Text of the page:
Rules

Rules determine what steps can be produced leading from the current state in the model program. All rules are tried out by exploration from each state.

In Spec Explorer, rules are represented by model program methods that have been marked with the Rule attribute. The Rule attribute has an optional Action argument that specifies the action invocation.

Since rules exist to specify what steps the model program allows from a given state, the true output of a rule is zero or more step labels representing possible next actions from that state. Because of advanced features in Spec Explorer such as domains and parameter generation, it quite possible for a single rule to yield multiple instances of step labels for a given state. Of course a particular rule method always produces the same kind of step label in keeping with the Cord action declaration that matches the action invocation of its Rule attribute, but each step label will have a different combination of parameter values.

When a rule method is explored in order to generate step labels, the action invocation contained in its Rule attribute is used to map the exploration supplied input values to the rule method and to map back out/result values after the rule method has executed (as discussed below). A step label that cannot be produced by a rule due to violating a constraint in a Condition class method (e.g., Condition.Istrue) is simply discarded and will not appear in the exploration graph.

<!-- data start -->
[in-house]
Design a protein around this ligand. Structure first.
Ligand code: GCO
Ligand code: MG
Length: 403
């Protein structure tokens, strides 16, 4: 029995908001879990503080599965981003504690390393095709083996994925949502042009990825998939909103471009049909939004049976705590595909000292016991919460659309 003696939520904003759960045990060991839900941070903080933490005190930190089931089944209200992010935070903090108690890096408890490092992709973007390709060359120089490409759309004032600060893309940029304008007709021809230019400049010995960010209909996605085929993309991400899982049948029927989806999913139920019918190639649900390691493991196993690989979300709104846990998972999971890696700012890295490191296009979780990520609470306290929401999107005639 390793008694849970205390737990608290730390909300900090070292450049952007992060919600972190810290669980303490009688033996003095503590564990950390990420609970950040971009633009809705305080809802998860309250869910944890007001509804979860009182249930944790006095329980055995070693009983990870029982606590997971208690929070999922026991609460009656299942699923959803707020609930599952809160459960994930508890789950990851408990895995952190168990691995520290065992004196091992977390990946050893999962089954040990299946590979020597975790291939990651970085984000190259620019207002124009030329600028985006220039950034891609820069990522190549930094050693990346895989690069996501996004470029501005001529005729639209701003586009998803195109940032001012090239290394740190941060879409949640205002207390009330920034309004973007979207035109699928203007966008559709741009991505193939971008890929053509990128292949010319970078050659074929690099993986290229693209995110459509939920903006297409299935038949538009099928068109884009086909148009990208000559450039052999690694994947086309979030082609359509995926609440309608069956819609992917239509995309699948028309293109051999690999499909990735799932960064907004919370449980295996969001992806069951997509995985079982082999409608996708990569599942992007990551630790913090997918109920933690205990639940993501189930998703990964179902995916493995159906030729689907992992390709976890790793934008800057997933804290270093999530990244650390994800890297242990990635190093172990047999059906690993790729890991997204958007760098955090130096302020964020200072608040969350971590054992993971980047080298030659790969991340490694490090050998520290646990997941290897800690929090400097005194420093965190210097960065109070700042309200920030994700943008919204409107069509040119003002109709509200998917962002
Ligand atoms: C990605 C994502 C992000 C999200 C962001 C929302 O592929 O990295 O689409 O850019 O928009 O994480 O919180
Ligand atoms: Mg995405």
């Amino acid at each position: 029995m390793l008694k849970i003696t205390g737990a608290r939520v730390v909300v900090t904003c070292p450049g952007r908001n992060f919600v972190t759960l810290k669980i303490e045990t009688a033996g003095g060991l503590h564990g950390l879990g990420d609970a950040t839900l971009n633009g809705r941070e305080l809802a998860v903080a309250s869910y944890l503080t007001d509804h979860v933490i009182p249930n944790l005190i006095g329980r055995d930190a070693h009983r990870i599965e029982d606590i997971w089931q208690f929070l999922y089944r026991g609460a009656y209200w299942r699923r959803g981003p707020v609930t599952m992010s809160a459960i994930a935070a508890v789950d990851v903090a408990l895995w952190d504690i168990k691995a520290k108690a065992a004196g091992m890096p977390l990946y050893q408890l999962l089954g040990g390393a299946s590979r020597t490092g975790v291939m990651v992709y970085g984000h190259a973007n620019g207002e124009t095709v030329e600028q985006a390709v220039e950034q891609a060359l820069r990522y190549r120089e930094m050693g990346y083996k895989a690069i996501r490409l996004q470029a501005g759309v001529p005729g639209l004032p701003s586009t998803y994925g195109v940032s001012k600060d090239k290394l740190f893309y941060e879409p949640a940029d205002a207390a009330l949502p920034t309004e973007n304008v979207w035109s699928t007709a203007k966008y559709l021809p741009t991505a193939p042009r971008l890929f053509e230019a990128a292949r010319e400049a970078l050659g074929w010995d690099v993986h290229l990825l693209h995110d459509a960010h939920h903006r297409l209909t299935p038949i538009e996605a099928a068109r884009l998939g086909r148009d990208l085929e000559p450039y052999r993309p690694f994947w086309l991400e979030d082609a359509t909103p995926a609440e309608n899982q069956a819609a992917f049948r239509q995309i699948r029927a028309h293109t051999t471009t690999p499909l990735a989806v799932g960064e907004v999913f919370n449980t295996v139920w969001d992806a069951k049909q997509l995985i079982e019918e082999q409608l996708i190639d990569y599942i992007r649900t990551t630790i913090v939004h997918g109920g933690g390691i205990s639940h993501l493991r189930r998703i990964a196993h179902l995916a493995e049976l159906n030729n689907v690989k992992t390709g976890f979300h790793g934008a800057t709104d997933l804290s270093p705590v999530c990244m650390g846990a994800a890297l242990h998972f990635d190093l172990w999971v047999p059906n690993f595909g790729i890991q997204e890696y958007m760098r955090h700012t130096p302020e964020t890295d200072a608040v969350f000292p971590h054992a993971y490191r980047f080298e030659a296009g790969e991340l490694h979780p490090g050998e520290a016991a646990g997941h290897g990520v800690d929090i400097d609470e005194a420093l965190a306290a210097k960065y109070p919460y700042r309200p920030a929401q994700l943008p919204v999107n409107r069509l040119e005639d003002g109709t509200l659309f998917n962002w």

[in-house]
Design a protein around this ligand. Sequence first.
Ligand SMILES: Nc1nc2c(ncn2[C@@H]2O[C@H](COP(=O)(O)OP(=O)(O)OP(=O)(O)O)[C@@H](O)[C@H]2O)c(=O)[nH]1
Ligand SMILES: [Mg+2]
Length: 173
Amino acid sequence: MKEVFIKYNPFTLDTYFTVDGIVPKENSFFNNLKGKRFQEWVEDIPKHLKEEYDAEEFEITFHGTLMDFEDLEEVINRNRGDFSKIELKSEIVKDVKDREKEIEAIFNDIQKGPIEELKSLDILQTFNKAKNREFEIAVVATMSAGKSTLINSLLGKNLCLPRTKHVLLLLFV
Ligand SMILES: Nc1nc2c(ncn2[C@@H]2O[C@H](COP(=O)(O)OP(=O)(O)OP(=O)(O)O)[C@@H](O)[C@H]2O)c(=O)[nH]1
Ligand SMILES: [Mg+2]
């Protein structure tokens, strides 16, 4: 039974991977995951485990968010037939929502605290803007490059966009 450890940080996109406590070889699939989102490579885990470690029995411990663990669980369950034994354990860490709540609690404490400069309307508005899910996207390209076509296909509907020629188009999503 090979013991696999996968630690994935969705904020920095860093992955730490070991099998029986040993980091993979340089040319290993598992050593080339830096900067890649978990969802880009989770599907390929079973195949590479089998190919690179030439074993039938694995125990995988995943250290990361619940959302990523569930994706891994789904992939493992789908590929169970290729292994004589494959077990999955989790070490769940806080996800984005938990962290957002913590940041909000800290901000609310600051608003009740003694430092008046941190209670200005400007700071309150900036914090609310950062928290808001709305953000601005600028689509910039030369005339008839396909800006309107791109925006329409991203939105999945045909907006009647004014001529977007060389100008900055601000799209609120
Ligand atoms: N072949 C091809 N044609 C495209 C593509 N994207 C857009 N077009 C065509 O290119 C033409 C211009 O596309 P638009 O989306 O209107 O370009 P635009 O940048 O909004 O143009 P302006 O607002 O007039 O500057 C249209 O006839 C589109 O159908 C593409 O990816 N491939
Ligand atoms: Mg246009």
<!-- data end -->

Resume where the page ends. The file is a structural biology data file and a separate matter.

The action invocation in the Rule attribute is used to establish the correspondence between the Cord action declaration signature and the potentially different rule method signature in a way that is quite unique to Spec Explorer:

  1. The name of the action invocation annotating a rule does not need to match the name of the rule method. It must however match the name of an action declaration in the Cord config that the model program is constructed from (e.g. "construct model from MyConfig").
  2. Remember that action invocation arguments must always match in position and type compatibility with the corresponding action declaration signature in Cord.
  3. If an action invocation argument is a literal value (for example, a number) it is not mapped at all to the rule method parameters! The rule method may simply assume what it wants when the action invocation parameter has that value without having to explicitly test for it.